But the weather, for once, has provided a boost.

“Weather has been hot this summer and has contributed to the strong apparel sales and perhaps more shopping in general as a way to avoid the heat.” — Macy’s CFO Karen Hoguet (Department Store)

But the news can’t be that great if you are shuttering more stores.

“We decided to be proactive and to close a larger number of stores this year . . . We believe we can benefit from right-sizing the company . . . While it will shrink the company somewhat, these closings will . . . help us to accelerate our growth.” — Macy’s CFO Karen Hoguet (Department Store)

There are some real green shoots sprouting up though. It’s the start of that most wonderful time of the year. 

“We are encouraged by the start of the back-to-school season. We are seeing strength in all categories, but are most excited by the strong trend in denim.” — Macy’s CFO Karen Hoguet (Department Store)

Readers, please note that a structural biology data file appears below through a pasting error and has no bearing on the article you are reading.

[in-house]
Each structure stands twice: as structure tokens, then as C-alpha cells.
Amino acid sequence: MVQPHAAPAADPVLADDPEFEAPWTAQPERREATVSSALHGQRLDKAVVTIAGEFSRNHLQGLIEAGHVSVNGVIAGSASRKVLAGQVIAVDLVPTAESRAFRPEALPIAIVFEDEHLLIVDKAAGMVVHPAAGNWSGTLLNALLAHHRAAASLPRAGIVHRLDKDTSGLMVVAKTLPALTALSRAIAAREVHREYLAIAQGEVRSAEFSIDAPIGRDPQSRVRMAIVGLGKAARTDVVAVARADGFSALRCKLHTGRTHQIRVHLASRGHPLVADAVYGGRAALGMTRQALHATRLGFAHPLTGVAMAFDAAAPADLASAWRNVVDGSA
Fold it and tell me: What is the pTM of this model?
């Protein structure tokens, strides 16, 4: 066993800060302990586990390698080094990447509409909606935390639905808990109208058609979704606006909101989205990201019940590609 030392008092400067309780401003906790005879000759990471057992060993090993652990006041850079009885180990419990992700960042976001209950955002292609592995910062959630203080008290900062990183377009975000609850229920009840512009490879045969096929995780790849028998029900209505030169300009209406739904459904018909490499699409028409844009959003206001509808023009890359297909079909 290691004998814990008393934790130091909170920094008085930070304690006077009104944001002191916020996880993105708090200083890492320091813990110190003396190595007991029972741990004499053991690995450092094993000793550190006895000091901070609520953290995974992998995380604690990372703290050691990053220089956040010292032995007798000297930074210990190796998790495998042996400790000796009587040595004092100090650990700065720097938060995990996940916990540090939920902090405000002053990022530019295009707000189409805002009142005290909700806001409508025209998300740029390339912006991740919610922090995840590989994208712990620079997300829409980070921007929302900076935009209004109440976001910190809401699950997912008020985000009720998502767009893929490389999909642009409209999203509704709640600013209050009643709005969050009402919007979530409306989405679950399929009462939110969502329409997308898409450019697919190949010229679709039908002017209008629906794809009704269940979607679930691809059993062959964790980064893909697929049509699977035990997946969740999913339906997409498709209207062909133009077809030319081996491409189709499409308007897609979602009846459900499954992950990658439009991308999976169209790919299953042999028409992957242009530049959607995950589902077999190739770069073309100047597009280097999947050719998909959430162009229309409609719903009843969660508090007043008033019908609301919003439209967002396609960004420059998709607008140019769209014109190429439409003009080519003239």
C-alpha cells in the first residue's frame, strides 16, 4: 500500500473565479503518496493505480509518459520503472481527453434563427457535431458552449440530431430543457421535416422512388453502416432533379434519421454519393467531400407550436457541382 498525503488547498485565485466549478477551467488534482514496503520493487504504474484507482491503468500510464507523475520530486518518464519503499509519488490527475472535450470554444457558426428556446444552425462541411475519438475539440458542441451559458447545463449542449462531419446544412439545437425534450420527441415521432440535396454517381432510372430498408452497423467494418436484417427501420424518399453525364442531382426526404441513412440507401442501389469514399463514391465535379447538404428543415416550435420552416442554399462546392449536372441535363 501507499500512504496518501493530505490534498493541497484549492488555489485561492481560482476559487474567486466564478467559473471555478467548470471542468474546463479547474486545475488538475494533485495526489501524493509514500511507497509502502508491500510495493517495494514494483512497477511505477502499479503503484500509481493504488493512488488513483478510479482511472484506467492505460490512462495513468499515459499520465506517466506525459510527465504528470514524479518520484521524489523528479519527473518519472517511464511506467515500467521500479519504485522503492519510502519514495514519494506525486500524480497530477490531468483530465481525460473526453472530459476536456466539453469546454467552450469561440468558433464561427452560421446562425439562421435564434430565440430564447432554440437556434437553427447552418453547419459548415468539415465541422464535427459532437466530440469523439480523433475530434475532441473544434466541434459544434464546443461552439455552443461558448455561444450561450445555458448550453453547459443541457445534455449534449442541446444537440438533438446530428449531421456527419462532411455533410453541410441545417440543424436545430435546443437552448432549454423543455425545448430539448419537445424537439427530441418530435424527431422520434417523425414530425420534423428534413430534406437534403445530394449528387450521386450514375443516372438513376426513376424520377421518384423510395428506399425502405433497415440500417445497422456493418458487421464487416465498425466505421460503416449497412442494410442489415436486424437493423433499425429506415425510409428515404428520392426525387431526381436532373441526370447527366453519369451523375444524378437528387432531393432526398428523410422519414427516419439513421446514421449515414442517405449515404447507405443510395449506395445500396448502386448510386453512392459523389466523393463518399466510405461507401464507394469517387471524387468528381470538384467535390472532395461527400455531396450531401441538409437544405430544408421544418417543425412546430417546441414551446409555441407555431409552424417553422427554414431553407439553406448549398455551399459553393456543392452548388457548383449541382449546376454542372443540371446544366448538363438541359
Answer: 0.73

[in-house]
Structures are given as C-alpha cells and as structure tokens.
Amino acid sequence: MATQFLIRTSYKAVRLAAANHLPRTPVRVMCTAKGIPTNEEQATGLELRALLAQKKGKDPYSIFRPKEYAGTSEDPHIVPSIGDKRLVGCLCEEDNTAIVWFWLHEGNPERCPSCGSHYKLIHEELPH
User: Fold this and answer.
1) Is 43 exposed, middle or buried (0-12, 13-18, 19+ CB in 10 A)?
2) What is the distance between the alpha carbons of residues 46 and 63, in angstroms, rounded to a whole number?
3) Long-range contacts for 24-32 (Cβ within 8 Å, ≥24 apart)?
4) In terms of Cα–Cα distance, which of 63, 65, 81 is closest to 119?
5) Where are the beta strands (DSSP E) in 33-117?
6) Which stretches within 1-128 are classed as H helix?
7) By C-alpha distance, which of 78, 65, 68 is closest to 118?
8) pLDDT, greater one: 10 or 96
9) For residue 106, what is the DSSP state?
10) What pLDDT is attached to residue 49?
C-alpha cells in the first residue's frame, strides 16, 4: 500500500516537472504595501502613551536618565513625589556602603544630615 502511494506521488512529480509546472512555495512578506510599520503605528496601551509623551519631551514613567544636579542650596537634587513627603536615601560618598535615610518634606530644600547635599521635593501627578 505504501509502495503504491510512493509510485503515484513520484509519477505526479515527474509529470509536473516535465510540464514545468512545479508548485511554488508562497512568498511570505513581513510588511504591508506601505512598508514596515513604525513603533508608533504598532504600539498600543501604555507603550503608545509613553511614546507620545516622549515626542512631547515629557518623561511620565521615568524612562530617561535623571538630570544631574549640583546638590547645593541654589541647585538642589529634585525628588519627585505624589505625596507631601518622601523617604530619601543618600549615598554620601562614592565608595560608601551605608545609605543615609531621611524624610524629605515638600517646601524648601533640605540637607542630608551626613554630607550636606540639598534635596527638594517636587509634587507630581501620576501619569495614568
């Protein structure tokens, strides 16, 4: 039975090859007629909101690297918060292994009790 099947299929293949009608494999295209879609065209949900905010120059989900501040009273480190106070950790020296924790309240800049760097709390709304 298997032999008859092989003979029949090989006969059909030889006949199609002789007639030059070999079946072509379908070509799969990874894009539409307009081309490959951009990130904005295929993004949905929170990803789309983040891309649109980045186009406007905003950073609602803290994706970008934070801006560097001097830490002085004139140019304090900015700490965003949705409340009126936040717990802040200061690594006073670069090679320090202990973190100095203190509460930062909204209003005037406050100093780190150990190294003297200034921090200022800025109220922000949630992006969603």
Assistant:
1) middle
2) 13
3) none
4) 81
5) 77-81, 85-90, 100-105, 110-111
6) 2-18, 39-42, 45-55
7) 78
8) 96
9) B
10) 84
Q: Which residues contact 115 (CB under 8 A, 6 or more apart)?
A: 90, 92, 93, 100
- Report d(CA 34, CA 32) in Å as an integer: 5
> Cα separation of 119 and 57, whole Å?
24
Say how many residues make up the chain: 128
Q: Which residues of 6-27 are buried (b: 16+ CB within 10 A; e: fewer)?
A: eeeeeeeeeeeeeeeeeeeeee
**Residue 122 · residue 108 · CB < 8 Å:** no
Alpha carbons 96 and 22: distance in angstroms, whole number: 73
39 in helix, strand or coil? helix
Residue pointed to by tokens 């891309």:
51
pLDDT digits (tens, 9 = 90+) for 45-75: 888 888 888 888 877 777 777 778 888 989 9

Consumer electronics suppliers are hopeful that demand will pick up in the latter half of 2016.

“We still expect the electronics demand picture to begin to turn in the second half of the year . . . We do think we’ve seen pretty much a bottoming in [the] electronics business in Asia . . . The drivers are still the same as we have been talking about . . . from Apple for example.” — Platform Specialty Products CEO Rakesh Sachdev and president, performance solutions, Scot Benson (Specialty Chemicals)

Moderate capital spending is a bright spot for mining companies.

“Generally speaking, we expect continued slow recovery in the global economy . . . However, with that negative note, we are seeing capital spending return.” — Fluor chairman and CEO David Seaton (Engineering and Construction)